Gender

The issue of women’s political inclusion within legislative assemblies has been debated in India at least since 1996, when an amendment Bill (the Women’s Reservation Bill) was introduced in Parliament. The objective of the bill was to reserve for women 33% of the seats in the Lok Sabha as well as in the state legislative assemblies. This bill is still officially under discussion and supported by a large coalition of parties. Yet, little progress has been made since it was passed by the Rajya Sabha (the upper house) in 2010, as it has never been put to the vote in the Lok Sabha.

Although 20 years of discussion have not been enough to solve this political deadlock, the debates have brought salience to the issue of women’s political representation, which is now widely discussed in the public sphere. In spite of the absence of quotas, there has been a timid yet significant feminization of the national Parliament as well as legislative assemblies since 1996. However, women still represent only 12% of the MPs and an even smaller percentage of MLAs, 7.3%. SPINPER disaggregates these data in terms of time and space in order to compare the performances of different states and to measure the impact of the reforms which had been initiated during the inclusive phase of Indian politics.    

Indeed, since 1992, one-third of the seats at least are reserved for women in the Panchayati raj system (elected councils in rural areas) and in the municipalities. These reservations have attracted considerable attention, particularly when it comes to their implementation in rural areas, except for a few studies looking at the situation in urban municipalities. Most of this research has focused on the profiles of elected women as well as their autonomy vis-à-vis their male kin. They have shown that implementation of these reservations has produced mixed results. Indeed, though reservations have undoubtedly opened up new political avenues for women, many have pointed out that the autonomy of female elected representatives is often limited, and they often, though not systematically, act as a proxy for their (male) kin. So far, there has been no inquiry into whether female MPs and MLAs are also part of male-dominated political families and whether these changes at the local level have had an impact on the political inclusion of women in the Vidhan Sabhas and Lok Sabha.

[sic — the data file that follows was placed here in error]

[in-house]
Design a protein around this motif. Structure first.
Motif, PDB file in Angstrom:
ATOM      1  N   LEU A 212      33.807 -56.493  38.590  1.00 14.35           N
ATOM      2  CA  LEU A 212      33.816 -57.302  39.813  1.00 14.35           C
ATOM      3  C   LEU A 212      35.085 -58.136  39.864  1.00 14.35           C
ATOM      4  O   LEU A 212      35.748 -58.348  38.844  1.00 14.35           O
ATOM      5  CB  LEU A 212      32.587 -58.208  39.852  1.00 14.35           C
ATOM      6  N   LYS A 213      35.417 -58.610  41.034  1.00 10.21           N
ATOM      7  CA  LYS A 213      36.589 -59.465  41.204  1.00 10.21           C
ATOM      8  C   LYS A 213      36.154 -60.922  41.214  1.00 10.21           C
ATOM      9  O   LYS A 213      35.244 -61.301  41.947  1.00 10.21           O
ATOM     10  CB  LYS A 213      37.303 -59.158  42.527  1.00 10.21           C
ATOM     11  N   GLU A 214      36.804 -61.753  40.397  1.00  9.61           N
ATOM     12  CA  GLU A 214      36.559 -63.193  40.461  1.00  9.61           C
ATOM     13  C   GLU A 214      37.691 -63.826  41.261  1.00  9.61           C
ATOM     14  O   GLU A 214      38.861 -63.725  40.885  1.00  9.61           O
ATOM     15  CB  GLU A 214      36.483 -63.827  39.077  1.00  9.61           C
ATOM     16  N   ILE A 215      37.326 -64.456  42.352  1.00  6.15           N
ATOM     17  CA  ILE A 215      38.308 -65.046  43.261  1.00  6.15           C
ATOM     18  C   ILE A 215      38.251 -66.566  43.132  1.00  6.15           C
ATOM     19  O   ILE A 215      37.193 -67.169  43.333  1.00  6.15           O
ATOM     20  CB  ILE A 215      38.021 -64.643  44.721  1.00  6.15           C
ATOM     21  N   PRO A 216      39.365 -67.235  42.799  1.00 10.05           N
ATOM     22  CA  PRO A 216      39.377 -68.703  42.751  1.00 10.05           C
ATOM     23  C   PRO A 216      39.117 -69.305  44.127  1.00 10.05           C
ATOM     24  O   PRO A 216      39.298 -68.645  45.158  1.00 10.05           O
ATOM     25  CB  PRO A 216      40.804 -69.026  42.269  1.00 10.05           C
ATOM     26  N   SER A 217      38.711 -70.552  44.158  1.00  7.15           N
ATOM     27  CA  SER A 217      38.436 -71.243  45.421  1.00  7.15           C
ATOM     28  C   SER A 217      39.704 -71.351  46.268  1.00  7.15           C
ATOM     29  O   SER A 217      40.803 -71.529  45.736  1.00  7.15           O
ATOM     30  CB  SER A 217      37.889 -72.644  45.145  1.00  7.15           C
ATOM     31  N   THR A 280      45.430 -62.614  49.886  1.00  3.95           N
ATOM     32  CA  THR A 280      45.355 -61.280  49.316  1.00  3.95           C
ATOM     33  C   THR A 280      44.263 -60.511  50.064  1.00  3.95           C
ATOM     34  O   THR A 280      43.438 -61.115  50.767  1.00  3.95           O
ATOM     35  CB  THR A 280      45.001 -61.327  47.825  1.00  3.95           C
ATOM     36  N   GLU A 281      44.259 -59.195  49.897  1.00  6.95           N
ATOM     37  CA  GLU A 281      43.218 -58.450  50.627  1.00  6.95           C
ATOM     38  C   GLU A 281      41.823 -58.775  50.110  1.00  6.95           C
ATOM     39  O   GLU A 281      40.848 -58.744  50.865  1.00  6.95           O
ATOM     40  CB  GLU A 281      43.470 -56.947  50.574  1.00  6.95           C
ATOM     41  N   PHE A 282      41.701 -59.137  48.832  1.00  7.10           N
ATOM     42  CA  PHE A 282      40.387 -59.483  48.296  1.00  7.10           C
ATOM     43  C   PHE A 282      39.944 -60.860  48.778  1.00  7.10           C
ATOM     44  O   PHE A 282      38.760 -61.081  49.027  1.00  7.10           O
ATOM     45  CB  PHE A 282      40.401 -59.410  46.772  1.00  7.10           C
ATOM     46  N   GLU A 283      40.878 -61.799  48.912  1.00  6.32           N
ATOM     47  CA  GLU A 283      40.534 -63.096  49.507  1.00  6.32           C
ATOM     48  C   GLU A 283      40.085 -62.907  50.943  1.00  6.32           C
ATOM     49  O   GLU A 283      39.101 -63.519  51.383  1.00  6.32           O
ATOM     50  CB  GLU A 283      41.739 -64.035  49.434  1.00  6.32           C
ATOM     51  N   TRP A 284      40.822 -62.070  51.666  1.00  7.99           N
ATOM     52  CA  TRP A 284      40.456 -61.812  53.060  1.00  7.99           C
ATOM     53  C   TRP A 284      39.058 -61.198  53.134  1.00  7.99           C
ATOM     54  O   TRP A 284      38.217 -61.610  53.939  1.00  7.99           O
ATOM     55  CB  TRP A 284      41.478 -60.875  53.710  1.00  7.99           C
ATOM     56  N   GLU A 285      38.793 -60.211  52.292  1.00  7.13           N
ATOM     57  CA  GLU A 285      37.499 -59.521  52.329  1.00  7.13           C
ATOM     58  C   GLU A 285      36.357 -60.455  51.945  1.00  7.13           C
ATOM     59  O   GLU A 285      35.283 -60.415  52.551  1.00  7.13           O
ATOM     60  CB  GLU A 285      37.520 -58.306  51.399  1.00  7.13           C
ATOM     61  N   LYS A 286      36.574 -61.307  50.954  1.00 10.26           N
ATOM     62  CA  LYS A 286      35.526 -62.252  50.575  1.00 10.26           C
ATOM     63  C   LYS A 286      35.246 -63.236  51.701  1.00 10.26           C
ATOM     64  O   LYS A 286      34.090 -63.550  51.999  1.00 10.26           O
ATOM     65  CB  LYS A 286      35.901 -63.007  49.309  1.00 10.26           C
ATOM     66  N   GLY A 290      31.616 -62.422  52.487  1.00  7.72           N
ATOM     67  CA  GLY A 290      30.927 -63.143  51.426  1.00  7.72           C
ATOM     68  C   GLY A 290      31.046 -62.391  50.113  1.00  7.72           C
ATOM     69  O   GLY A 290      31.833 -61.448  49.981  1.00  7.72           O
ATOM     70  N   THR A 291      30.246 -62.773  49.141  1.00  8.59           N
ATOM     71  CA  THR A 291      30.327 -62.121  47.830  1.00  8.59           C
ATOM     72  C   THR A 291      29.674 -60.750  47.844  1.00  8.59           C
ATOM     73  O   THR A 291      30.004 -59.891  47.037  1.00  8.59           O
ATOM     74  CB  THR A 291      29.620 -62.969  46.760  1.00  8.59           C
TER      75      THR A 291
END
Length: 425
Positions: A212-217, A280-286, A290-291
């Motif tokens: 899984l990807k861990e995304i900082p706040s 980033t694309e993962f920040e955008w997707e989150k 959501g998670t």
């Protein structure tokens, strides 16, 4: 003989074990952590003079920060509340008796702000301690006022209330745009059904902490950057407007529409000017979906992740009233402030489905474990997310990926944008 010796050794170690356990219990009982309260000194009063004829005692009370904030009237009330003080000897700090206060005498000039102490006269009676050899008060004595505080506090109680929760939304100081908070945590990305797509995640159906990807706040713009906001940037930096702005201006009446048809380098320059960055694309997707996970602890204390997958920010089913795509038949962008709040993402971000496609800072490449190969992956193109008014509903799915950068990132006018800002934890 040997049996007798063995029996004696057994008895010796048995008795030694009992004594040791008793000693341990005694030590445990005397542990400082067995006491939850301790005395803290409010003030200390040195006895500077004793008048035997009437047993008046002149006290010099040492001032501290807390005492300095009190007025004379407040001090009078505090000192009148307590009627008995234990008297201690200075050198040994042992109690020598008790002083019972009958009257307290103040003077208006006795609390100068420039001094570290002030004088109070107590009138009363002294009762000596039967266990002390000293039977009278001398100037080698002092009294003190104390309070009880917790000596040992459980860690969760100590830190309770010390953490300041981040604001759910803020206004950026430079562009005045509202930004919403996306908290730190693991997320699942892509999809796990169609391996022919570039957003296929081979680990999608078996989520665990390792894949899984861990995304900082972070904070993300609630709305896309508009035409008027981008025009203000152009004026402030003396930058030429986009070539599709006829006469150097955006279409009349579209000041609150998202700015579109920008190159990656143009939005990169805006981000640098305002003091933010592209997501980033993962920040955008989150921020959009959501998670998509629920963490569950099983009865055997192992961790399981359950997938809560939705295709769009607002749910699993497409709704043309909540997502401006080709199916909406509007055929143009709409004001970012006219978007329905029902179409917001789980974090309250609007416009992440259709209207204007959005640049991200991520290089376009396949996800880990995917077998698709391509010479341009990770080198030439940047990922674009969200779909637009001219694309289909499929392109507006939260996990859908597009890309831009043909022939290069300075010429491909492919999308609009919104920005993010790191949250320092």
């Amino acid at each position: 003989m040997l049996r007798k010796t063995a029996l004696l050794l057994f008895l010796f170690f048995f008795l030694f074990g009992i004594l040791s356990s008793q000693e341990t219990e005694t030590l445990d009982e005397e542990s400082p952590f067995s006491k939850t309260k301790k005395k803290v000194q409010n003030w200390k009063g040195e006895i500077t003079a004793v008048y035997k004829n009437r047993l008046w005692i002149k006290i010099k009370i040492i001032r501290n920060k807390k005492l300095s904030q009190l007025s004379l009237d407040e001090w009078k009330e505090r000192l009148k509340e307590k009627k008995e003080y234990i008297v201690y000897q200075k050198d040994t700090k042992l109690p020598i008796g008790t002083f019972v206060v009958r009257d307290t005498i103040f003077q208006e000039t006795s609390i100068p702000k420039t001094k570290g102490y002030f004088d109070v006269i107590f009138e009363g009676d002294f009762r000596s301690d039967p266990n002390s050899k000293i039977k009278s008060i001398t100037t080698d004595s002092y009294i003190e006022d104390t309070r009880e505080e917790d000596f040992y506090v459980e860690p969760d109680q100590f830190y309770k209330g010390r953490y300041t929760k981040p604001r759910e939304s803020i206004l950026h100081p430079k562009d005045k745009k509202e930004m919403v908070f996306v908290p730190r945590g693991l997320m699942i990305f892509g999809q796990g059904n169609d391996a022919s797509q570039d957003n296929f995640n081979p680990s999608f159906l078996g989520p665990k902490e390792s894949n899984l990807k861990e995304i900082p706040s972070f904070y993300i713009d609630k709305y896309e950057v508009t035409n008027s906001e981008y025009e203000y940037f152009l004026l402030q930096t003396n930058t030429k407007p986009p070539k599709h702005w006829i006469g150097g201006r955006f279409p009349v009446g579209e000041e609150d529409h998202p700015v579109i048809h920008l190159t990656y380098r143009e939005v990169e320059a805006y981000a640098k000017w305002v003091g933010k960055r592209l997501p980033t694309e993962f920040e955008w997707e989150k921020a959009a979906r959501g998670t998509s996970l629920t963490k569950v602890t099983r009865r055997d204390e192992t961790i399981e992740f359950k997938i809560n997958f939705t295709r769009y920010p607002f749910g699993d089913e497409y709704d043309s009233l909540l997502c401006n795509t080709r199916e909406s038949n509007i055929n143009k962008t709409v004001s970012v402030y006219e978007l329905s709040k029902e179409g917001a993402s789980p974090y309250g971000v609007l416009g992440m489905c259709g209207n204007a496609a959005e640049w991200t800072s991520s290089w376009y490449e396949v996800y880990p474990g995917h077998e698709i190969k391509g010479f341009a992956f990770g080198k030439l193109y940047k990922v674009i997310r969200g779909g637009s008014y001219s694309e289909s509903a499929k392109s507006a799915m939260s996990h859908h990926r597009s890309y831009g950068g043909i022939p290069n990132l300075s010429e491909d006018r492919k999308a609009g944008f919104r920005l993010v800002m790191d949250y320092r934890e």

SPINPER measures the evolution of the number of women in these assemblies and their trajectory in order to assess the impact of the 1992 reform: have female MLAs and MPs started their career in local councils or not? SPINPER will allow us to assess whether there is a link between the introduction of quotas at the local level and the election of female candidates for the post of MLA. States that have introduced a 50% reservation for women at the local level will be compared to states that have kept the quota at a 33% level.

Bitnami